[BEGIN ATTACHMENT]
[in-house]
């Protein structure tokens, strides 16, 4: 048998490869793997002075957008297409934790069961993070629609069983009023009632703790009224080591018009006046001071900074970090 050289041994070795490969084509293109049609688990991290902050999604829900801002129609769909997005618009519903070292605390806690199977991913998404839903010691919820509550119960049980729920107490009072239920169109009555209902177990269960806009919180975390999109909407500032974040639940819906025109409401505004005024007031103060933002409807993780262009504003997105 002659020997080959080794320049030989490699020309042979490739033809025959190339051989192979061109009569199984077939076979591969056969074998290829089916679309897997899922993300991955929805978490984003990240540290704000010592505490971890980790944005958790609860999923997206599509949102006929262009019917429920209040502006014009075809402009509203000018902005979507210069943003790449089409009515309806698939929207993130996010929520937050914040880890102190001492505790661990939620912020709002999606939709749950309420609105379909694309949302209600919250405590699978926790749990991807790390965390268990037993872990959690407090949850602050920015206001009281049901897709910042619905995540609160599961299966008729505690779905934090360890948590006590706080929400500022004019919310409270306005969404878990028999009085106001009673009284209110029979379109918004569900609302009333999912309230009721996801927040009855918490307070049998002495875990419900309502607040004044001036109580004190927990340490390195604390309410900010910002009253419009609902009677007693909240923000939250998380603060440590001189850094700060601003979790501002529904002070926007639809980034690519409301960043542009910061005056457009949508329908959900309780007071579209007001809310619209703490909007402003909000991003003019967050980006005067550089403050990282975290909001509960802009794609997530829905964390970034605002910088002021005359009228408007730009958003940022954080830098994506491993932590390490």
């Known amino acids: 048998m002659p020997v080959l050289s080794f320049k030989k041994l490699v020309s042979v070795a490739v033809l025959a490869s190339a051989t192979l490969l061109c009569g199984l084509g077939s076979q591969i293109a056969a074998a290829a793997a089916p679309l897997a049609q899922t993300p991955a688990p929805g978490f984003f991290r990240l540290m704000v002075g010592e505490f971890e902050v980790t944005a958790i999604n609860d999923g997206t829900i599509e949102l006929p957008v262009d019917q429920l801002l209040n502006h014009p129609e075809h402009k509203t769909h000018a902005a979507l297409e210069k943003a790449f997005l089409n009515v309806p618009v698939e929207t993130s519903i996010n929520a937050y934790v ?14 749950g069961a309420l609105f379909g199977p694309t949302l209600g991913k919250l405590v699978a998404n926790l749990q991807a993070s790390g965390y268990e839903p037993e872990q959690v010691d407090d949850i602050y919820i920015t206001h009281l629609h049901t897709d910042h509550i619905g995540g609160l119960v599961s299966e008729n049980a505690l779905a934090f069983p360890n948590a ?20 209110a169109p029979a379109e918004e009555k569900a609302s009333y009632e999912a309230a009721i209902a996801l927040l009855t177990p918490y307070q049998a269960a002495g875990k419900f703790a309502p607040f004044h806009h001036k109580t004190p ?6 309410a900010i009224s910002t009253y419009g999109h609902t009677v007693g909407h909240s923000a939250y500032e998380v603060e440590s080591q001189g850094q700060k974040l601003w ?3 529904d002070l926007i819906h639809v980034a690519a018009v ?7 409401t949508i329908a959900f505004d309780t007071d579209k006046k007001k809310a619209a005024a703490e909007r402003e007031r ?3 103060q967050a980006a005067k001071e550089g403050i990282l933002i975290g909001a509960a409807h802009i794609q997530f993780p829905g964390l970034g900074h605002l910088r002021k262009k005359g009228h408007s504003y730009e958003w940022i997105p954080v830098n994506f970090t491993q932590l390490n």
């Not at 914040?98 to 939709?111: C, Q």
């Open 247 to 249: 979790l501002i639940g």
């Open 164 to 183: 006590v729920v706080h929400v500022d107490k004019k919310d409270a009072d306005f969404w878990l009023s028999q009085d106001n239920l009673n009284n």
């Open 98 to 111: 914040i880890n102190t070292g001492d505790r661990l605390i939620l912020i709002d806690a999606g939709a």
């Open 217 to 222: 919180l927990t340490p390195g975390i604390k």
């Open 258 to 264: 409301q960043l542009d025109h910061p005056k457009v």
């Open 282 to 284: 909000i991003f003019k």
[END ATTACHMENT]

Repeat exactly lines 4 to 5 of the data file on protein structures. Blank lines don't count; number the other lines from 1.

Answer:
């Not at 914040?98 to 939709?111: C, Q």
């Open 247 to 249: 979790l501002i639940g």